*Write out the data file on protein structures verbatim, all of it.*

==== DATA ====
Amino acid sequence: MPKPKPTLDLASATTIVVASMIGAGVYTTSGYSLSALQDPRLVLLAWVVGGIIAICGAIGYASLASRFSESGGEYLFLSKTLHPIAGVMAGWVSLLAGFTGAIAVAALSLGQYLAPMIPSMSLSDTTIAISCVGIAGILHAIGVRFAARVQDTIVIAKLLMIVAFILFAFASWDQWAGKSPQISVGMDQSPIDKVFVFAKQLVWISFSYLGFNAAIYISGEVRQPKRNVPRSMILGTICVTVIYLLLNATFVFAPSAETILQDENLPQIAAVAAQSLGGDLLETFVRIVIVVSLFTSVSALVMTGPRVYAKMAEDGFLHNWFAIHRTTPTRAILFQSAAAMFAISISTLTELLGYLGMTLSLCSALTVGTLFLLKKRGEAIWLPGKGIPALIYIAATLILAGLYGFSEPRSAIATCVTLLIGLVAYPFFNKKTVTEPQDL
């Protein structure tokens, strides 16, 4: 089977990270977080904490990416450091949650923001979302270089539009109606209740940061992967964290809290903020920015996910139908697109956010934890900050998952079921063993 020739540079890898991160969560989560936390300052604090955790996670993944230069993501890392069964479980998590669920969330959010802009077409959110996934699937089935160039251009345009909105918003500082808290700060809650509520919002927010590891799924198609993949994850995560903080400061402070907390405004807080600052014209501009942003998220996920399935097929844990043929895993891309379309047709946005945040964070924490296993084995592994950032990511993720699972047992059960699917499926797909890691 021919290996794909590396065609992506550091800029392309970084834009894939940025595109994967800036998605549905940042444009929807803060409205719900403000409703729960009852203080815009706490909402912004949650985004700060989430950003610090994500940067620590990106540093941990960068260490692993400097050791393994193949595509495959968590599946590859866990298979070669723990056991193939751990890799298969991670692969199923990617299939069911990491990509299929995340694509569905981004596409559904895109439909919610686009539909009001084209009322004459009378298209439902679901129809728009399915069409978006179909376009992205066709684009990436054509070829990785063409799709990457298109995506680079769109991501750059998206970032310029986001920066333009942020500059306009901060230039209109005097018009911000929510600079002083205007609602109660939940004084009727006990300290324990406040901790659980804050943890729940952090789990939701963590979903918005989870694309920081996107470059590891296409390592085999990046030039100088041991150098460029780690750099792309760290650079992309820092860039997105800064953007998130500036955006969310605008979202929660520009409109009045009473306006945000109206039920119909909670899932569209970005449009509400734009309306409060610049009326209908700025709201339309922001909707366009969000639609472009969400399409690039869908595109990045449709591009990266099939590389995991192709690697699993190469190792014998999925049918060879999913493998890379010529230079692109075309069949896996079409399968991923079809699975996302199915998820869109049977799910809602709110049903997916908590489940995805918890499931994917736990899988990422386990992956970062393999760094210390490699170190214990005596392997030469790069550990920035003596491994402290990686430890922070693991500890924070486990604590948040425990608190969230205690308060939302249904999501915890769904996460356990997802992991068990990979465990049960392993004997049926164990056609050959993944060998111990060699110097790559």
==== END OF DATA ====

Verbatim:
Amino acid sequence: MPKPKPTLDLASATTIVVASMIGAGVYTTSGYSLSALQDPRLVLLAWVVGGIIAICGAIGYASLASRFSESGGEYLFLSKTLHPIAGVMAGWVSLLAGFTGAIAVAALSLGQYLAPMIPSMSLSDTTIAISCVGIAGILHAIGVRFAARVQDTIVIAKLLMIVAFILFAFASWDQWAGKSPQISVGMDQSPIDKVFVFAKQLVWISFSYLGFNAAIYISGEVRQPKRNVPRSMILGTICVTVIYLLLNATFVFAPSAETILQDENLPQIAAVAAQSLGGDLLETFVRIVIVVSLFTSVSALVMTGPRVYAKMAEDGFLHNWFAIHRTTPTRAILFQSAAAMFAISISTLTELLGYLGMTLSLCSALTVGTLFLLKKRGEAIWLPGKGIPALIYIAATLILAGLYGFSEPRSAIATCVTLLIGLVAYPFFNKKTVTEPQDL
């Protein structure tokens, strides 16, 4: 089977990270977080904490990416450091949650923001979302270089539009109606209740940061992967964290809290903020920015996910139908697109956010934890900050998952079921063993 020739540079890898991160969560989560936390300052604090955790996670993944230069993501890392069964479980998590669920969330959010802009077409959110996934699937089935160039251009345009909105918003500082808290700060809650509520919002927010590891799924198609993949994850995560903080400061402070907390405004807080600052014209501009942003998220996920399935097929844990043929895993891309379309047709946005945040964070924490296993084995592994950032990511993720699972047992059960699917499926797909890691 021919290996794909590396065609992506550091800029392309970084834009894939940025595109994967800036998605549905940042444009929807803060409205719900403000409703729960009852203080815009706490909402912004949650985004700060989430950003610090994500940067620590990106540093941990960068260490692993400097050791393994193949595509495959968590599946590859866990298979070669723990056991193939751990890799298969991670692969199923990617299939069911990491990509299929995340694509569905981004596409559904895109439909919610686009539909009001084209009322004459009378298209439902679901129809728009399915069409978006179909376009992205066709684009990436054509070829990785063409799709990457298109995506680079769109991501750059998206970032310029986001920066333009942020500059306009901060230039209109005097018009911000929510600079002083205007609602109660939940004084009727006990300290324990406040901790659980804050943890729940952090789990939701963590979903918005989870694309920081996107470059590891296409390592085999990046030039100088041991150098460029780690750099792309760290650079992309820092860039997105800064953007998130500036955006969310605008979202929660520009409109009045009473306006945000109206039920119909909670899932569209970005449009509400734009309306409060610049009326209908700025709201339309922001909707366009969000639609472009969400399409690039869908595109990045449709591009990266099939590389995991192709690697699993190469190792014998999925049918060879999913493998890379010529230079692109075309069949896996079409399968991923079809699975996302199915998820869109049977799910809602709110049903997916908590489940995805918890499931994917736990899988990422386990992956970062393999760094210390490699170190214990005596392997030469790069550990920035003596491994402290990686430890922070693991500890924070486990604590948040425990608190969230205690308060939302249904999501915890769904996460356990997802992991068990990979465990049960392993004997049926164990056609050959993944060998111990060699110097790559």